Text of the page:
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Meaning of COAL

Pronunciation:  kowl

 
WordNet Dictionary
 
 Definition: 
  1. [n]  a hot glowing or smouldering fragment of wood or coal left from a fire
  2. [n]  fossil fuel consisting of carbonized vegetable matter deposited in the Carboniferous period
  3. [v]  take in coal, as of a ship
  4. [v]  supply with coal
  5. [v]  burn to charcoal; "Without a drenching rain, the forest fire will char everything"
 

COAL is a 4 letter word that starts with C.

 

 Synonyms: char, ember
 
 See Also: anthracite, anthracite coal, atomic number 6, bituminous coal, brown coal, burn, C, carbon, combust, fossil fuel, fragment, furnish, gather in, hard coal, lignite, provide, render, soft coal, steam coal, supply, take in, vegetable matter, wood coal

 

 

Webster's 1913 Dictionary
 
 Definition: 
  1. \Coal\, n. [AS. col; akin to D. kool, OHG. chol, cholo, G.
    kohle, Icel. kol, pl., Sw. kol, Dan. kul; cf. Skr. jval to
    burn. Cf. {Kiln}, {Collier}.]
    1. A thoroughly charred, and extinguished or still ignited,
       fragment from wood or other combustible substance;
       charcoal.
    
    2. (Min.) A black, or brownish black, solid, combustible
       substance, dug from beds or veins in the earth to be used
       for fuel, and consisting, like charcoal, mainly of carbon,
       but more compact, and often affording, when heated, a
       large amount of volatile matter.
    
    Note: This word is often used adjectively, or as the first
          part of self-explaining compounds; as, coal-black; coal
          formation; coal scuttle; coal ship. etc.
    
    Note: In England the plural coals is used, for the broken
          mineral coal burned in grates, etc.; as, to put coals
          on the fire. In the United States the singular in a
          collective sense is the customary usage; as, a hod of
          coal.
    
    {Age of coal plants}. See {Age of Acrogens}, under {Acrogen}.
    
    
    {Anthracite} or {Glance coal}. See {Anthracite}.
    
    {Bituminous coal}. See under {Bituminous}.
    
    {Blind coal}. See under {Blind}.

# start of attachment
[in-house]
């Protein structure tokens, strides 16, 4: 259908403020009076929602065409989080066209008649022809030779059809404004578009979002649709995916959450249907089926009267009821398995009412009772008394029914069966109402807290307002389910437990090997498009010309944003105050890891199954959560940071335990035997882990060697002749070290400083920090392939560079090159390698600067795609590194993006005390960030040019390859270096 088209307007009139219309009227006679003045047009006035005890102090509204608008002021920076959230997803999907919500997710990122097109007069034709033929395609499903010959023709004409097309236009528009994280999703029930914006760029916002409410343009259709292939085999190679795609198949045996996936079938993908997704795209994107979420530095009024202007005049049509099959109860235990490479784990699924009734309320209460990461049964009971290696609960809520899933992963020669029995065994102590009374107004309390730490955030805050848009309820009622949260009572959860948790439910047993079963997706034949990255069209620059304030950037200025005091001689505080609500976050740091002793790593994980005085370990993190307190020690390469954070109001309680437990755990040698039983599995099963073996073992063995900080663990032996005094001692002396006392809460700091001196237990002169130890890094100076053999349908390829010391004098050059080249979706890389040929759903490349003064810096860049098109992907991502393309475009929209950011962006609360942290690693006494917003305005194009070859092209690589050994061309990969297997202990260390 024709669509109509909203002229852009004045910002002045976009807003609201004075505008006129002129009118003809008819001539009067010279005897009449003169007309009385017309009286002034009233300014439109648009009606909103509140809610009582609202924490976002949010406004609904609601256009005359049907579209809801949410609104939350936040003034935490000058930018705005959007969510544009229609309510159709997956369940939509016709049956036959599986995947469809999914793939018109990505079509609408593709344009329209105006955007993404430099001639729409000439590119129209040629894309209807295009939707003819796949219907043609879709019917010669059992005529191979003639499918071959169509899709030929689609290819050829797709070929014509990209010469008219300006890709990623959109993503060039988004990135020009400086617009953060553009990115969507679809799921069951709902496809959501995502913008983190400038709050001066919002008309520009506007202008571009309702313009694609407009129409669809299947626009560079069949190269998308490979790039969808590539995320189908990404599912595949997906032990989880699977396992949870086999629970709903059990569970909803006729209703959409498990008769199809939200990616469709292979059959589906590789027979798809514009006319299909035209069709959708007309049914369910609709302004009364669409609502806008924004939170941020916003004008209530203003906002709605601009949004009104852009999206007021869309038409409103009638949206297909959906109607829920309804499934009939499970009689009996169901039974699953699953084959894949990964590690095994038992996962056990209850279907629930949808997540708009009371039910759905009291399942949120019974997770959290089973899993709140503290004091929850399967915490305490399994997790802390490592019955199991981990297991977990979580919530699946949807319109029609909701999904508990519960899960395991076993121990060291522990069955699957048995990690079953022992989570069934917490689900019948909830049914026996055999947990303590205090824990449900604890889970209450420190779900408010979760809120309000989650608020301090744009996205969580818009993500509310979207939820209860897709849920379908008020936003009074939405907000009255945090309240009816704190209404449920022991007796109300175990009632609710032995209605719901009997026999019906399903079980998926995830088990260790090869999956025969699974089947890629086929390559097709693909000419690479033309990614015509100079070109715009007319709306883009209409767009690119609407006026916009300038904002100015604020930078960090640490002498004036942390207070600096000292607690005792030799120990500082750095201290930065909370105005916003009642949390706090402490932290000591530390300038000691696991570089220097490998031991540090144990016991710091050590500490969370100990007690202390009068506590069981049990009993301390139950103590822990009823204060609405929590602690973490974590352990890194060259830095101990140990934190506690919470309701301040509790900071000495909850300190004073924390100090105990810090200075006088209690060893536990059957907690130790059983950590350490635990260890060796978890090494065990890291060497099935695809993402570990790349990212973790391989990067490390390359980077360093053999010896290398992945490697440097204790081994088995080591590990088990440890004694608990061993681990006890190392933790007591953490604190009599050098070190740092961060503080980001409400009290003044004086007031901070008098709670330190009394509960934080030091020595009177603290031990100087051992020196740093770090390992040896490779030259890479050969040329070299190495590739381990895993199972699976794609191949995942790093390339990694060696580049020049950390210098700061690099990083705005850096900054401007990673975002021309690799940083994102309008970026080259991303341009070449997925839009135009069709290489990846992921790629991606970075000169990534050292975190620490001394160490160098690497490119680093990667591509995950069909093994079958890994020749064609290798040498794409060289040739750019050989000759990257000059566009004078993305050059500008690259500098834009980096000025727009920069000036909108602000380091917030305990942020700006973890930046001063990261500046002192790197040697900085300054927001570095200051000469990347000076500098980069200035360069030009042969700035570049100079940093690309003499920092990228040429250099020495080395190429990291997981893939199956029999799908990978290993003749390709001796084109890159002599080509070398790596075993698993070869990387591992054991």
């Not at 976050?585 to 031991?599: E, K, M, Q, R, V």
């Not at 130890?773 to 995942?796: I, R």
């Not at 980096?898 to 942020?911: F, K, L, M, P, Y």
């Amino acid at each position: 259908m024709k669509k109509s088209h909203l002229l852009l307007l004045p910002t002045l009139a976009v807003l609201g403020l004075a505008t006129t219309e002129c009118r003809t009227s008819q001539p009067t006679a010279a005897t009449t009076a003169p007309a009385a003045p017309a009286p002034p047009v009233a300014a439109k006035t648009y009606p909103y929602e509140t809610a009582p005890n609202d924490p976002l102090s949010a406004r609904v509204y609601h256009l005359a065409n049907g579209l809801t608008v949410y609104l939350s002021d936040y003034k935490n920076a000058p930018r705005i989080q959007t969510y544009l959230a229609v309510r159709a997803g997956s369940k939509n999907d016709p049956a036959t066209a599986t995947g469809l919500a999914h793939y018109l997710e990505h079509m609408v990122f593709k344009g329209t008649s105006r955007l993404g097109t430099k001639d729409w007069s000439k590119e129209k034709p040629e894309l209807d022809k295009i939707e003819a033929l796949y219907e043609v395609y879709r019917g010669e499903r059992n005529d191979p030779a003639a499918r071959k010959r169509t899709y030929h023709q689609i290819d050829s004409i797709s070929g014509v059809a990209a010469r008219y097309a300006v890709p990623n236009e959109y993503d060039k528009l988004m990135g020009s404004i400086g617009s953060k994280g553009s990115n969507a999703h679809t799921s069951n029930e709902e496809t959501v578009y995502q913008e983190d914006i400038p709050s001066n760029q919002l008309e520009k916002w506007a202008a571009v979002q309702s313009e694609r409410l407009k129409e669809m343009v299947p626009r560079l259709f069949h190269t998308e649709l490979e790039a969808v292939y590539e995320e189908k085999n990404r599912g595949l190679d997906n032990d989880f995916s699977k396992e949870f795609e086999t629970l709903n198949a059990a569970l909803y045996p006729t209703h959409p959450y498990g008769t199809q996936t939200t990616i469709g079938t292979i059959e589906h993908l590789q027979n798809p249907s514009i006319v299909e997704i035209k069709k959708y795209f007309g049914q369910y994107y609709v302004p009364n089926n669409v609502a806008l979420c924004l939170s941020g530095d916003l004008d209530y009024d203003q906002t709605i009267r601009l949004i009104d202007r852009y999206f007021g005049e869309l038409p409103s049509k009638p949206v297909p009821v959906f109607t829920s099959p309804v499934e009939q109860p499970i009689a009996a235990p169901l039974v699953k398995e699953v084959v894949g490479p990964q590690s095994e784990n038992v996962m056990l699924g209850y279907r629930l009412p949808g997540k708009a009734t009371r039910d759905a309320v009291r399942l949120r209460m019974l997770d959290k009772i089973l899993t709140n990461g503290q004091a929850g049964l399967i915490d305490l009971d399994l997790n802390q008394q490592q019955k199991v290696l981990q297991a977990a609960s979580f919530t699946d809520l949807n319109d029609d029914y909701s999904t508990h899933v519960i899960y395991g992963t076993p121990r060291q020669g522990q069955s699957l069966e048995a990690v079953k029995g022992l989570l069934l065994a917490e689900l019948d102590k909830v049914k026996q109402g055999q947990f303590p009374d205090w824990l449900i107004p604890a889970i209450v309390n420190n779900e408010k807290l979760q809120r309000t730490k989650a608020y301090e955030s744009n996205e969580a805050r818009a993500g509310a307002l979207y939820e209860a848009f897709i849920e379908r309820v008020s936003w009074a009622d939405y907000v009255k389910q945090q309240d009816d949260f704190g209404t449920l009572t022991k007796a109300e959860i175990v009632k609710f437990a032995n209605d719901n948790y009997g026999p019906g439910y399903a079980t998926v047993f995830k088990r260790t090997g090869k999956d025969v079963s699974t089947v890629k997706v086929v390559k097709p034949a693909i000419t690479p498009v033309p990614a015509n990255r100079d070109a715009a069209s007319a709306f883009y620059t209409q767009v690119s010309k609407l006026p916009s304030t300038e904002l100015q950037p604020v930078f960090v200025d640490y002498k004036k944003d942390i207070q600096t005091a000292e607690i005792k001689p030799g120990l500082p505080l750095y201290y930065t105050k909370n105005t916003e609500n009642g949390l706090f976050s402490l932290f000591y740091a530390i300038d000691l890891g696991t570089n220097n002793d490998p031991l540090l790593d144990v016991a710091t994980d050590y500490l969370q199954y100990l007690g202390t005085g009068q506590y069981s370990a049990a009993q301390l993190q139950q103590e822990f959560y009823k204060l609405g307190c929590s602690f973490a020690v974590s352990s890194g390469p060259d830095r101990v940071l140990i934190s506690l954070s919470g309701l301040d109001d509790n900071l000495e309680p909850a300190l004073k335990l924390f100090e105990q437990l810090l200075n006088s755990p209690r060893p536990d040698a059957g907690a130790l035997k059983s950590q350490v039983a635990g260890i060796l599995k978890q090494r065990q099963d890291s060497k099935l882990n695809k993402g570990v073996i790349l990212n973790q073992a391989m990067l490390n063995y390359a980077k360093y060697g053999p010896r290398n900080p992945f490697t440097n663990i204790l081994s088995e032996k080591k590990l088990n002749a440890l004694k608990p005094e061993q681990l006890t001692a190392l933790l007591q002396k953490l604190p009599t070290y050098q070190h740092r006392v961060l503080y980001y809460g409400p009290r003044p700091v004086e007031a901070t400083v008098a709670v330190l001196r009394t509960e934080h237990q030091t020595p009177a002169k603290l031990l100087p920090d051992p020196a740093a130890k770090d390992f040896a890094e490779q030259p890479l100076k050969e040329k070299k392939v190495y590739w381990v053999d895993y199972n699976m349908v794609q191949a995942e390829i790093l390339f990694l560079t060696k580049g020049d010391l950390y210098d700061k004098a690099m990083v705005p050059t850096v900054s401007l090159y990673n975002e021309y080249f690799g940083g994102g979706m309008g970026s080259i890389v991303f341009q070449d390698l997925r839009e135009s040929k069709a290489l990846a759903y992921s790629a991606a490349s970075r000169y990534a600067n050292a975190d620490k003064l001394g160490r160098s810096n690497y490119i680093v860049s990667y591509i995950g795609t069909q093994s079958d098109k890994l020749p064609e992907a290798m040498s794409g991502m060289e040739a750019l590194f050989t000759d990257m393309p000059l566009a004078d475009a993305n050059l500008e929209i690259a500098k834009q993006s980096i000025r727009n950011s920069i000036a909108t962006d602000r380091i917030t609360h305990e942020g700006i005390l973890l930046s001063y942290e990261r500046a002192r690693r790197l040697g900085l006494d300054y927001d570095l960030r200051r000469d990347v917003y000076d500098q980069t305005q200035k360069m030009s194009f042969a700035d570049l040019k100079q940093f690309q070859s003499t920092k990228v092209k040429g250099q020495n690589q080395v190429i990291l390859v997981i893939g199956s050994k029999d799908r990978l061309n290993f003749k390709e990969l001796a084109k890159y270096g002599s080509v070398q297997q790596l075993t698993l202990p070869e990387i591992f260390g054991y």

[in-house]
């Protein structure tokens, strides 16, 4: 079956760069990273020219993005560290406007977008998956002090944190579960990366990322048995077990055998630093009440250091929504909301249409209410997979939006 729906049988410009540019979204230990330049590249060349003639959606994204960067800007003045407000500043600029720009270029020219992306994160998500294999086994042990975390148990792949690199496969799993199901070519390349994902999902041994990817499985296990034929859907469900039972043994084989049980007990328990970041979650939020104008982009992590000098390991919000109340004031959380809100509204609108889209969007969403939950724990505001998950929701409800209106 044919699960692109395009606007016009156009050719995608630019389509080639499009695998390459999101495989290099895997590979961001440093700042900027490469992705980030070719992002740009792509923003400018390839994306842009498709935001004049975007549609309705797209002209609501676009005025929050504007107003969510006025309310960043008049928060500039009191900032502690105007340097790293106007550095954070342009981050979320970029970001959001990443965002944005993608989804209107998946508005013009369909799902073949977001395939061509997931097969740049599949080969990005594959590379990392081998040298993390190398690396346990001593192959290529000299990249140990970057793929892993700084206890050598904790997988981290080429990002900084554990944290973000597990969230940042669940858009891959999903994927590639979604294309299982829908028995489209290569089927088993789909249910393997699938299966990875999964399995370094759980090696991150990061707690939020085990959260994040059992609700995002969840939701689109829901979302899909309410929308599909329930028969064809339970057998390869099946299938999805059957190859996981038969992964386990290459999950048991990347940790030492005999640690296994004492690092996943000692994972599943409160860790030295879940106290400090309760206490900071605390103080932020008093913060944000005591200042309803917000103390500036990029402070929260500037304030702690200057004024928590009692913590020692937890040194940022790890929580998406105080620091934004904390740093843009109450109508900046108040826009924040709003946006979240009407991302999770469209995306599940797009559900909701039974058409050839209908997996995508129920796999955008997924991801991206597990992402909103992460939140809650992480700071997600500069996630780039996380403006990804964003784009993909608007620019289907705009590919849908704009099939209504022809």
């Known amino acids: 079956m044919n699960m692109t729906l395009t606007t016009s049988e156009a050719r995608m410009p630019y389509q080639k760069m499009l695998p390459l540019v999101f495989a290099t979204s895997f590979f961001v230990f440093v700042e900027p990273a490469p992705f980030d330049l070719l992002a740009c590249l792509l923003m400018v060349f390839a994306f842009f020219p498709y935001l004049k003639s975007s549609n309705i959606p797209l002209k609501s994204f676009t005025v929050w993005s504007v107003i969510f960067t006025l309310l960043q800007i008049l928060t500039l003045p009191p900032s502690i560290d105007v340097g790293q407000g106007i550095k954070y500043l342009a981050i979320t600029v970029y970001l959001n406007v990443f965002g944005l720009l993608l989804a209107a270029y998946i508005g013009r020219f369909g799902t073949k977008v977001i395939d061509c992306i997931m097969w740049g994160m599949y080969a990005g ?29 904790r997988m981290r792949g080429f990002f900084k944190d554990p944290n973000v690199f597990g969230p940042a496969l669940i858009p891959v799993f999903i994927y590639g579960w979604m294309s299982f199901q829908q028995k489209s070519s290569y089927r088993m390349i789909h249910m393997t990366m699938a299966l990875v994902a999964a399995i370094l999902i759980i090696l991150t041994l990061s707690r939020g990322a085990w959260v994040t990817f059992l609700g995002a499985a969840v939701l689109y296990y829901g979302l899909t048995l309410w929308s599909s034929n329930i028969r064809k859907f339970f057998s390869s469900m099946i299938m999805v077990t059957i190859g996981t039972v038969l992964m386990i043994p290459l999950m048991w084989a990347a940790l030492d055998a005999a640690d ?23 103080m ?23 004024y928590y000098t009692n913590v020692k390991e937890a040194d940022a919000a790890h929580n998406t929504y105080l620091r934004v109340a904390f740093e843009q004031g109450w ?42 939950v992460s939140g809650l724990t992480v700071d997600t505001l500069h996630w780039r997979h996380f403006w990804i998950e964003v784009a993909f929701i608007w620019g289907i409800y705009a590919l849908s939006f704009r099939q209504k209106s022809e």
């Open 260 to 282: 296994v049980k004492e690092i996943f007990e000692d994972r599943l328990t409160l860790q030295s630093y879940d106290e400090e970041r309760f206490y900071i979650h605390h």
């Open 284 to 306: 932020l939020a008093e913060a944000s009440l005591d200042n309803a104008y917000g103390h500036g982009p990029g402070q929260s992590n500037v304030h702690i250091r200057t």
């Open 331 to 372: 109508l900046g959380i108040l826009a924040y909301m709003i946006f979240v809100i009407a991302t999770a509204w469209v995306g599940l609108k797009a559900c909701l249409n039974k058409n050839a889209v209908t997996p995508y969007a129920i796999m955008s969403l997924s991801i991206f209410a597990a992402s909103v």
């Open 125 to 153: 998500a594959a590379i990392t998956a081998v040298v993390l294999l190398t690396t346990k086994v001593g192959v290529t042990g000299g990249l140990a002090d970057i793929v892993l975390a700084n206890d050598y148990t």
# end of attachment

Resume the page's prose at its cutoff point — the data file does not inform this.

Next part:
{Brown coal}, or {Lignite}. See {Lignite}.
    
    {Caking coal}, a bituminous coal, which softens and becomes
       pasty or semi-viscid when heated. On increasing the heat,
       the volatile products are driven off, and a coherent,
       grayish black, cellular mass of coke is left.
    
    {Cannel coal}, a very compact bituminous coal, of fine
       texture and dull luster. See {Cannel coal}.
    
    {Coal bed} (Geol.), a layer or stratum of mineral coal.
    
    {Coal breaker}, a structure including machines and machinery
       adapted for crushing, cleansing, and assorting coal.
    
    {Coal field} (Geol.), a region in which deposits of coal
       occur. Such regions have often a basinlike structure, and
       are hence called {coal basins}. See {Basin}.
    
    {Coal gas}, a variety of carbureted hydrogen, procured from
       bituminous coal, used in lighting streets, houses, etc.,
       and for cooking and heating.
    
    {Coal heaver}, a man employed in carrying coal, and esp. in
       putting it in, and discharging it from, ships.
    
    {Coal measures}. (Geol.)
       (a) Strata of coal with the attendant rocks.
       (b) A subdivision of the carboniferous formation, between
           the millstone grit below and the Permian formation
           above, and including nearly all the workable coal beds
           of the world.
    
    {Coal oil}, a general name for mineral oils; petroleum.
    
    {Coal plant} (Geol.), one of the remains or impressions of
       plants found in the strata of the coal formation.
    
    {Coal tar}. See in the Vocabulary.
    
    {To haul over the coals}, to call to account; to scold or
       censure. [Colloq.]
    
    {Wood coal}. See {Lignite}.
    
    
  2. \Coal\, v. t. [imp. & p. p. {Coaled}; p. pr. & vb. n.
    {Coaling}.]
    1. To burn to charcoal; to char. [R.]
    
             Charcoal of roots, coaled into great pieces.
                                                   --Bacon.
    
    2. To mark or delineate with charcoal. --Camden.
    
    3. To supply with coal; as, to coal a steamer.
    
    
  3. \Coal\, v. i.
    To take in coal; as, the steamer coaled at Southampton.
    
    
 
Dream Dictionary
 
 Definition: Seeing a coal in your dream, represents wealth and prosperity. It also points to your unused potential. Alternatively, it may indicate that you have been misbehaving and have caught.
 
Easton Bible Dictionary
 
 Definition: 

It is by no means certain that the Hebrews were acquainted with mineral coal, although it is found in Syria. Their common fuel was dried dung of animals and wood charcoal. Two different words are found in Hebrew to denote coal, both occurring in Prov. 26:21, "As coal [Heb. peham; i.e., "black coal"] is to burning coal [Heb. gehalim]." The latter of these words is used in Job 41:21; Prov. 6:28; Isa. 44:19. The words "live coal" in Isa. 6:6 are more correctly "glowing stone." In Lam. 4:8 the expression "blacker than a coal" is literally rendered in the margin of the Revised Version "darker than blackness." "Coals of fire" (2 Sam. 22:9, 13; Ps. 18:8, 12, 13, etc.) is an expression used metaphorically for lightnings proceeding from God. A false tongue is compared to "coals of juniper" (Ps. 120:4; James 3:6). "Heaping coals of fire on the head" symbolizes overcoming evil with good. The words of Paul (Rom. 12:20) are equivalent to saying, "By charity and kindness thou shalt soften down his enmity as surely as heaping coals on the fire fuses the metal in the crucible."

 
Thesaurus Terms
 
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